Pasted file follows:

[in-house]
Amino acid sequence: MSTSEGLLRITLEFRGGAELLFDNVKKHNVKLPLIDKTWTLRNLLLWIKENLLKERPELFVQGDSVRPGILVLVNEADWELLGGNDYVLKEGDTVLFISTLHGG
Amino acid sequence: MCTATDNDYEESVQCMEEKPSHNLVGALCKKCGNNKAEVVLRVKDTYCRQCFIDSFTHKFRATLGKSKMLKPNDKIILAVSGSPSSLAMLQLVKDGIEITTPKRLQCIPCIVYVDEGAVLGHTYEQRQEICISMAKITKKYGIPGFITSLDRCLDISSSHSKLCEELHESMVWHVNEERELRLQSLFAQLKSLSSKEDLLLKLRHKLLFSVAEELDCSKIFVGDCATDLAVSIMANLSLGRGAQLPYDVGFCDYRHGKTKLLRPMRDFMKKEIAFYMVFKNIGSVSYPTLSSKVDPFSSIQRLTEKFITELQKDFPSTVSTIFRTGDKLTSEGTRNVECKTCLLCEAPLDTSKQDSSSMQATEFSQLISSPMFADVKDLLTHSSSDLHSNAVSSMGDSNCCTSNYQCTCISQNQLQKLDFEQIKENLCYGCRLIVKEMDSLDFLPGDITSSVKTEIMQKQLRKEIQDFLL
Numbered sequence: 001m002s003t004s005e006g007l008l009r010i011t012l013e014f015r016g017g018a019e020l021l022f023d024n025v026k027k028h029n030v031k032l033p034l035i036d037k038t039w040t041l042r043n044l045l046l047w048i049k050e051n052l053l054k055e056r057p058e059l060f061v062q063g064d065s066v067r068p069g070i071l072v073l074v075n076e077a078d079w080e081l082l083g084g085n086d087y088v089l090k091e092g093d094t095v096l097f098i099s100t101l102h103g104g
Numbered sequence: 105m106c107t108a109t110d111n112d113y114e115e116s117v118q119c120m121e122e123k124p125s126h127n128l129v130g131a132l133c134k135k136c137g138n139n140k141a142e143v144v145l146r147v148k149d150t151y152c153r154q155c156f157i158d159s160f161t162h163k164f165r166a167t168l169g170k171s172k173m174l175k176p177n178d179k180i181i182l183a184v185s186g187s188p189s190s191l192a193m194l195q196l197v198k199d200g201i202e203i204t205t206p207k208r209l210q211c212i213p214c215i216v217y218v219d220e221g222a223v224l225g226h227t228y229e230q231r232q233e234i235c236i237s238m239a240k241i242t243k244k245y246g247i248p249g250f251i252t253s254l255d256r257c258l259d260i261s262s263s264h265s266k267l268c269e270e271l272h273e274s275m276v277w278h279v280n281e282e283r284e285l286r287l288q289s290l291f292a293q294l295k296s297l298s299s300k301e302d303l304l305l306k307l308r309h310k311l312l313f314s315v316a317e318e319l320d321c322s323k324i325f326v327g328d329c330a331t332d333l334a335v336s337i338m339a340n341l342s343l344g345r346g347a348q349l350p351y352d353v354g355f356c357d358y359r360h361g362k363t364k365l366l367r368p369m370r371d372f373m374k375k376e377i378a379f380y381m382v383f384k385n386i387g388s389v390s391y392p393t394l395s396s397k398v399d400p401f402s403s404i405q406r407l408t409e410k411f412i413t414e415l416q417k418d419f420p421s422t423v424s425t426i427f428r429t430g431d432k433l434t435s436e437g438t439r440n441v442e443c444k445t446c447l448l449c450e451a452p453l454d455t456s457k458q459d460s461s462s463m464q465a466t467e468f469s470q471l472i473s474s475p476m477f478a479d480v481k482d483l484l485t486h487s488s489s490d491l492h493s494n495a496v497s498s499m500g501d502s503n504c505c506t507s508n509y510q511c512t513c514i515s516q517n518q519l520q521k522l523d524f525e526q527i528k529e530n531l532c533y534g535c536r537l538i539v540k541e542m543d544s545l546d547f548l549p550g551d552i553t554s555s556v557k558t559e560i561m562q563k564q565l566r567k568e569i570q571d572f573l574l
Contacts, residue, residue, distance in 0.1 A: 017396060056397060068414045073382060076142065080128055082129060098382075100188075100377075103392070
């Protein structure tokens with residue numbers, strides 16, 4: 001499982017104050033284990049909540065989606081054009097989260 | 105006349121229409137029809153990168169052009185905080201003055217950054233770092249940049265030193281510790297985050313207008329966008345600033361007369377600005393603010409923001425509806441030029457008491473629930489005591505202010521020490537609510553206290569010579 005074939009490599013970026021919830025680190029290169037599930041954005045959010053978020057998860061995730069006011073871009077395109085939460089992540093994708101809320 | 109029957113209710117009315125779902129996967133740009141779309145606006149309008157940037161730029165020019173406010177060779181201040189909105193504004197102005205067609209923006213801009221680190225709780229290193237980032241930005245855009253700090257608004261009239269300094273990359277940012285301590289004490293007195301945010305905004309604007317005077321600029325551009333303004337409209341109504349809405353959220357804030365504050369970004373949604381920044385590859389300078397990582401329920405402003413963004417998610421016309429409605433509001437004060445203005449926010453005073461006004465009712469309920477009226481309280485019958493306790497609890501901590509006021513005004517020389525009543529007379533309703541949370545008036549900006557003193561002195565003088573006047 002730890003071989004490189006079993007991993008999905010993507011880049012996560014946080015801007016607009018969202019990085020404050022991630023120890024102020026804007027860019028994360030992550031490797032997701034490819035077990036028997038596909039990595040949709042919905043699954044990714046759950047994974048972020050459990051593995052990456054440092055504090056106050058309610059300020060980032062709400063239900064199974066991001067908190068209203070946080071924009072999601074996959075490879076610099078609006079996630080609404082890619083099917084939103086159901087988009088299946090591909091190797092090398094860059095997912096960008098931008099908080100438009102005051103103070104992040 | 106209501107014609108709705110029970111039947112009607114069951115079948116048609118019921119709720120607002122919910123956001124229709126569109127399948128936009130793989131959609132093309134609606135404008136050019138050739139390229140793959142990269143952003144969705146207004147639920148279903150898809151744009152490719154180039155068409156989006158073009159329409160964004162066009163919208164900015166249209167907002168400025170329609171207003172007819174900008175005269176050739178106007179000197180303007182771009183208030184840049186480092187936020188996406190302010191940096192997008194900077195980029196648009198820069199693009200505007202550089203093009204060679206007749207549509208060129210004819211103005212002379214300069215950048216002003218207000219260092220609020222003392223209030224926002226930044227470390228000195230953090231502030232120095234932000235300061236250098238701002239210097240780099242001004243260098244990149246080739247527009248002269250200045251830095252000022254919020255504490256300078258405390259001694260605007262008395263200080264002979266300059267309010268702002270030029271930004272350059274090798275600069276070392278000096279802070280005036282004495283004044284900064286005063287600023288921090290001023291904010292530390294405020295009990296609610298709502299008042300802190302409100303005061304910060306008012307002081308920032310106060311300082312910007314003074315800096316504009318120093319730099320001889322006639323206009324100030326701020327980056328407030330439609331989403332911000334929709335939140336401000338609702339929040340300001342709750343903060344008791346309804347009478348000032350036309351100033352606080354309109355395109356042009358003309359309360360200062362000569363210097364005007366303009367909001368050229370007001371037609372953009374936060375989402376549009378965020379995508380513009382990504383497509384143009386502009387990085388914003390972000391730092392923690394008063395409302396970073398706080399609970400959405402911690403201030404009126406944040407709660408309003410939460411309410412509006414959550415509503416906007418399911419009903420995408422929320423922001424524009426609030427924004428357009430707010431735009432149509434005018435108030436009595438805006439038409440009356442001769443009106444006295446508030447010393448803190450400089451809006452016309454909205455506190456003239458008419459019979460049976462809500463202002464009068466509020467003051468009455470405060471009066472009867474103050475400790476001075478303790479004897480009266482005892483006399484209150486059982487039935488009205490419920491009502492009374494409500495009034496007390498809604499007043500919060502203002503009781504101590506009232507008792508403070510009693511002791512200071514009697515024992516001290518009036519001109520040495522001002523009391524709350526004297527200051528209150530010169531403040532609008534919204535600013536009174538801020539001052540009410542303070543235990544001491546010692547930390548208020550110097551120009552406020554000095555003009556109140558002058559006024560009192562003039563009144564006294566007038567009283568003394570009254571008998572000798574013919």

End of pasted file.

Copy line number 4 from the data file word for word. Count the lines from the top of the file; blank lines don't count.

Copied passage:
Numbered sequence: 001m002s003t004s005e006g007l008l009r010i011t012l013e014f015r016g017g018a019e020l021l022f023d024n025v026k027k028h029n030v031k032l033p034l035i036d037k038t039w040t041l042r043n044l045l046l047w048i049k050e051n052l053l054k055e056r057p058e059l060f061v062q063g064d065s066v067r068p069g070i071l072v073l074v075n076e077a078d079w080e081l082l083g084g085n086d087y088v089l090k091e092g093d094t095v096l097f098i099s100t101l102h103g104g